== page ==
We all remember the fascinating and hugely popular BBC Radio 4 series A History of the World in 100 Objects – and the massive book that sold by the bucketload as a result of it. Well, this Christmas here’s something even more thought provoking: A History of the Future in 100 Objects. What are the 100 objects, ideas, developments, or events that future historians will use to sum up our century? Smart drugs that change the way we think? A wedding ring between a human and an AI? A society which no longer has work to do? A cure for hate? Adrian Hon’s eloquent, playful and informed survey explores what the future might hold – not just in the fields of technology and science, but also religion, advertising, wars, economics, fashion, education and politics in a hundred essays, in the style of personal experiences, newspaper stories, official reports and scientific papers. Each chapter, a hybrid of near fact and outright fiction, tells its own story of individual dreams and collective lives, crossing countries, continents and entire worlds!  This inverse variation on a clever idea is a stimulating journey through the near future of humankind and is the brainchild of technology journalist and games producer Adrian Hon; who produces games for companies like the BBC and Microsoft, writes for the Telegraph and speaks frequently on the future of technology. This handsome paperback is published by Skyscraper at £14.99 and is a very graphically-rich design with illustrations, timelines and maps.

You probably think you know what to expect from the new edition of Hudson’s Historic Houses & Gardens, which is published in December, and is a lavish 5600 page £14.99 paperback with over 1,500 colour images. Hudson’s has been loved and trusted as the definitive guide to heritage sites for 27 years and the 2014 edition brings you information on when to visit nearly 1000 of our grandest stately homes, great heritage gardens and undiscovered hidden gems tucked away in every corner of the country. Gorgeous photographs throughout make planning inspirational and finding your way is made easy with maps and directions. There is information on gardens, Scottish clans, what families like best, festivals, poisons and much more besides! However, did you also know that it also contains an array of informative and entertaining articles which really bring Britain’s heritage to life including an interview with Lady Carnarvon at her home, Highclere Castle talking about the real impact of Downton Abbey on family life and the future of the castle?  Also Alan Bennett discusses how his new play, People, takes some familiar country house themes and challenges our pre-conceptions; The Earl of Shaftesbury tackles the restoration of St Giles House despite the hindrance of many small children & dogs and Baroness Young of Hornsey reassesses what country houses can tell contemporary audiences about the history of the slave trade. This book really does have lots to read in it as well as being a very user friendly guide book; and you can order it here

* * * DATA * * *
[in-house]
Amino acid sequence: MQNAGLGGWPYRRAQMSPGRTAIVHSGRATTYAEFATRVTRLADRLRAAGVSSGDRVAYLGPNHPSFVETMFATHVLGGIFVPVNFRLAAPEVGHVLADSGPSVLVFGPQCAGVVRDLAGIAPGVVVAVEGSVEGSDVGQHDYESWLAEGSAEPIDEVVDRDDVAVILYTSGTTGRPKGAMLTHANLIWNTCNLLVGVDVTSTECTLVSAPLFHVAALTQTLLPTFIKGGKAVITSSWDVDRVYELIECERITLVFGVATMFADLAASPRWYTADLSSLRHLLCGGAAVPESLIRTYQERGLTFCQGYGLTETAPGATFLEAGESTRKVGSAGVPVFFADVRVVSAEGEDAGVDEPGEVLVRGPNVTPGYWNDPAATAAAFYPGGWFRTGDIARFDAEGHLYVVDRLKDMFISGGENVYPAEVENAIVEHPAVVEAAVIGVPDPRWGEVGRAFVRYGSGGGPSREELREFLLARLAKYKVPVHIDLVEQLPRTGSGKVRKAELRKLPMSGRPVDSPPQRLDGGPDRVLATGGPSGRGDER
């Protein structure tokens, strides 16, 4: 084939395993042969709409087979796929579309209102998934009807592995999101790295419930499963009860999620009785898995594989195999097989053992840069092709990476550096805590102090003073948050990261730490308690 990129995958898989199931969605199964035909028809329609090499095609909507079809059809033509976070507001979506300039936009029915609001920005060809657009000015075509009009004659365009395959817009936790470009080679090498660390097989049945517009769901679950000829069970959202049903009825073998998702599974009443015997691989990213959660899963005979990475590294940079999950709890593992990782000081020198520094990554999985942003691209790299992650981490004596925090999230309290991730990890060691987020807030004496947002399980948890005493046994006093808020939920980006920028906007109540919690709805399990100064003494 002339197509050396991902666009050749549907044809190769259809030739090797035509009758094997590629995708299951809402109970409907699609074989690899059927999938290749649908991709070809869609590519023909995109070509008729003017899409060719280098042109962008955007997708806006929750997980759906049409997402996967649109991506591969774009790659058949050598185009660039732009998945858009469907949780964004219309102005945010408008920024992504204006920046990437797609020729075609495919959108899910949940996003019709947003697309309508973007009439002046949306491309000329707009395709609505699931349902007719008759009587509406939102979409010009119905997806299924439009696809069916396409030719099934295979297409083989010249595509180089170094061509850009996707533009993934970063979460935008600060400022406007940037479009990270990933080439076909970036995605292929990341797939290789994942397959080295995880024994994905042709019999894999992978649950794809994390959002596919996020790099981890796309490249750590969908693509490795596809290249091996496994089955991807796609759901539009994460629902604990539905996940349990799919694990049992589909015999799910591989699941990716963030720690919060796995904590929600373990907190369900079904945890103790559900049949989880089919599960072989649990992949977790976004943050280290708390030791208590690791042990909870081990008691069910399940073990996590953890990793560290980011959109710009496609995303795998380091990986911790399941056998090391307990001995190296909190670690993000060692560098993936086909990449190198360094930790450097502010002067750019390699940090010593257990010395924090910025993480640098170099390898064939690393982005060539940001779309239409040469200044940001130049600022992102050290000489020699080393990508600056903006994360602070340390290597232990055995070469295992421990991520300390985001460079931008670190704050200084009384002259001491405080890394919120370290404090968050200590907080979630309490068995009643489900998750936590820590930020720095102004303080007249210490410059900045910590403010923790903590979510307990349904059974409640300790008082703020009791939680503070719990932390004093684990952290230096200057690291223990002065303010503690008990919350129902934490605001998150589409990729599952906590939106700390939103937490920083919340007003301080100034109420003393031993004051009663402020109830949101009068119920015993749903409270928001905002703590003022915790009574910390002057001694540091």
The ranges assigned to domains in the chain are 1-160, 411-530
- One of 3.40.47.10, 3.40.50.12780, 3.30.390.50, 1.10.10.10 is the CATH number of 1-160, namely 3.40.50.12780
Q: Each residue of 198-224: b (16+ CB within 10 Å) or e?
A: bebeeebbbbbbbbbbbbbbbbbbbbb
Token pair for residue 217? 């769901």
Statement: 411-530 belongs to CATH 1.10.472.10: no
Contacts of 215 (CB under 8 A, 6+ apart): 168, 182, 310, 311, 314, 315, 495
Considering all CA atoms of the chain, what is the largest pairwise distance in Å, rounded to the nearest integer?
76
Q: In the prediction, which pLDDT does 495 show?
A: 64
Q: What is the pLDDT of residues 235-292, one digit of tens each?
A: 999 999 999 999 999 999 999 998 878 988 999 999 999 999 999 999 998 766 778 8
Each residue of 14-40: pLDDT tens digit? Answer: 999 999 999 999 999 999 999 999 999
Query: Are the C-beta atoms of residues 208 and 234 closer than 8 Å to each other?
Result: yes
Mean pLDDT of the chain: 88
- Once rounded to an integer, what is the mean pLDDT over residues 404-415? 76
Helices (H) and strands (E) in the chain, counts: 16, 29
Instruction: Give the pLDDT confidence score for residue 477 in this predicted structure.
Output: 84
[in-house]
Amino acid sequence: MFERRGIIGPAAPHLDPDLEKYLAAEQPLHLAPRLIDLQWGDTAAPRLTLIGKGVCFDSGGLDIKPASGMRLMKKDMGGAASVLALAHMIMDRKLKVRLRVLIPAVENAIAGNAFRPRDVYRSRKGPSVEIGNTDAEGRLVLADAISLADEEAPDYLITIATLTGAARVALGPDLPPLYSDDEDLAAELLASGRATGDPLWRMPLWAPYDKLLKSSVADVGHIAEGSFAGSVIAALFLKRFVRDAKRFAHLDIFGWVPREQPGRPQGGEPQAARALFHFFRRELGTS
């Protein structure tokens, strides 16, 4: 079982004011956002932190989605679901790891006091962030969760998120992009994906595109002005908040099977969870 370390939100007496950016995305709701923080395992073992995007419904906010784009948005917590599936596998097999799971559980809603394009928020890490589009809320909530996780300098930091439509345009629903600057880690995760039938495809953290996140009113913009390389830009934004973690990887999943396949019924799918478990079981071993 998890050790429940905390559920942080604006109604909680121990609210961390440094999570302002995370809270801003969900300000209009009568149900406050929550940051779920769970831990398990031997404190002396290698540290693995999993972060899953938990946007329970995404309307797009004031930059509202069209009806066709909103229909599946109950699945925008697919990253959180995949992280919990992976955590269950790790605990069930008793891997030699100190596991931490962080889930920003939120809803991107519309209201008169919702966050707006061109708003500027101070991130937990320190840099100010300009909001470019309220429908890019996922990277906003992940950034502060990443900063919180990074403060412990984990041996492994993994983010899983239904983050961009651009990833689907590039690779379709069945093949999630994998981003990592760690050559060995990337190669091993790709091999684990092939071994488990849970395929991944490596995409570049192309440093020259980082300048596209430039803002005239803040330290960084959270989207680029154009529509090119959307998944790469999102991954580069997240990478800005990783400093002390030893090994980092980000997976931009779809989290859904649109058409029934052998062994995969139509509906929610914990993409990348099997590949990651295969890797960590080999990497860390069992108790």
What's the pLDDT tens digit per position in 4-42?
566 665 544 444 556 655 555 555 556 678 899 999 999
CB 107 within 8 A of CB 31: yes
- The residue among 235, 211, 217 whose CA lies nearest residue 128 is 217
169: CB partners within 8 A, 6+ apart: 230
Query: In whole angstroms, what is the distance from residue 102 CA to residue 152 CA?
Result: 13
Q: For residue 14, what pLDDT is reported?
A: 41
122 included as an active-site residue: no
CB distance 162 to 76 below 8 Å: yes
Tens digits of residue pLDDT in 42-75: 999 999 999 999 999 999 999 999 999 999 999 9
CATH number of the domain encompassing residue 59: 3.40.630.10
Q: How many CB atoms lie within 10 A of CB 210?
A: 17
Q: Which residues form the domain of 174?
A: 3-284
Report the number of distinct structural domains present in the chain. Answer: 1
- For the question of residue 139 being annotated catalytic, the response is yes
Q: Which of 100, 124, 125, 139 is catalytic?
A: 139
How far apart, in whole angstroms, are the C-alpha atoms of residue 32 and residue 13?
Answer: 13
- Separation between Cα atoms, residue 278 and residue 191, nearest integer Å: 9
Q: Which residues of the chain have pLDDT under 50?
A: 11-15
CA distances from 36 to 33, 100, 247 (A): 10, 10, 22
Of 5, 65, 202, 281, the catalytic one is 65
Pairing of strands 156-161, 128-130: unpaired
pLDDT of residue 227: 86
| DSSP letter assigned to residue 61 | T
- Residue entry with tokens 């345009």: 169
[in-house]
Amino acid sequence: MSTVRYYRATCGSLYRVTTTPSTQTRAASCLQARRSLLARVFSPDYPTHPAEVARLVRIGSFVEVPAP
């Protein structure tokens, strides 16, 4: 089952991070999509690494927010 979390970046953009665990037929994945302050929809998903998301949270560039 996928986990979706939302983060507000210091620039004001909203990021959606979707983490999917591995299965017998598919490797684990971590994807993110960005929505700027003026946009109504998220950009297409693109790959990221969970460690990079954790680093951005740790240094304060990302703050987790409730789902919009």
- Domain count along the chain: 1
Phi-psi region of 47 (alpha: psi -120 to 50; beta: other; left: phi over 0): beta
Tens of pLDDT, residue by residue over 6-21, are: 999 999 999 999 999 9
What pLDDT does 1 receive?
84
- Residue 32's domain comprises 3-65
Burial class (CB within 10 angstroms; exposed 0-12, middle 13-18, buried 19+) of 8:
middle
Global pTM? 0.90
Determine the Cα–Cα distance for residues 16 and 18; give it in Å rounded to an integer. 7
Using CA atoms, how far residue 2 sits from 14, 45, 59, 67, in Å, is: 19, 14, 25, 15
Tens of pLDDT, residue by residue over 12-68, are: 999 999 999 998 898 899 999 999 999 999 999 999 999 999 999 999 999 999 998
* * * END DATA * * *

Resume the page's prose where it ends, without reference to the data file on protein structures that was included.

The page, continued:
Talking of Downton Abbey – what about a Sesame Street version of the monster hit – yes you read that right– and you can watch it here!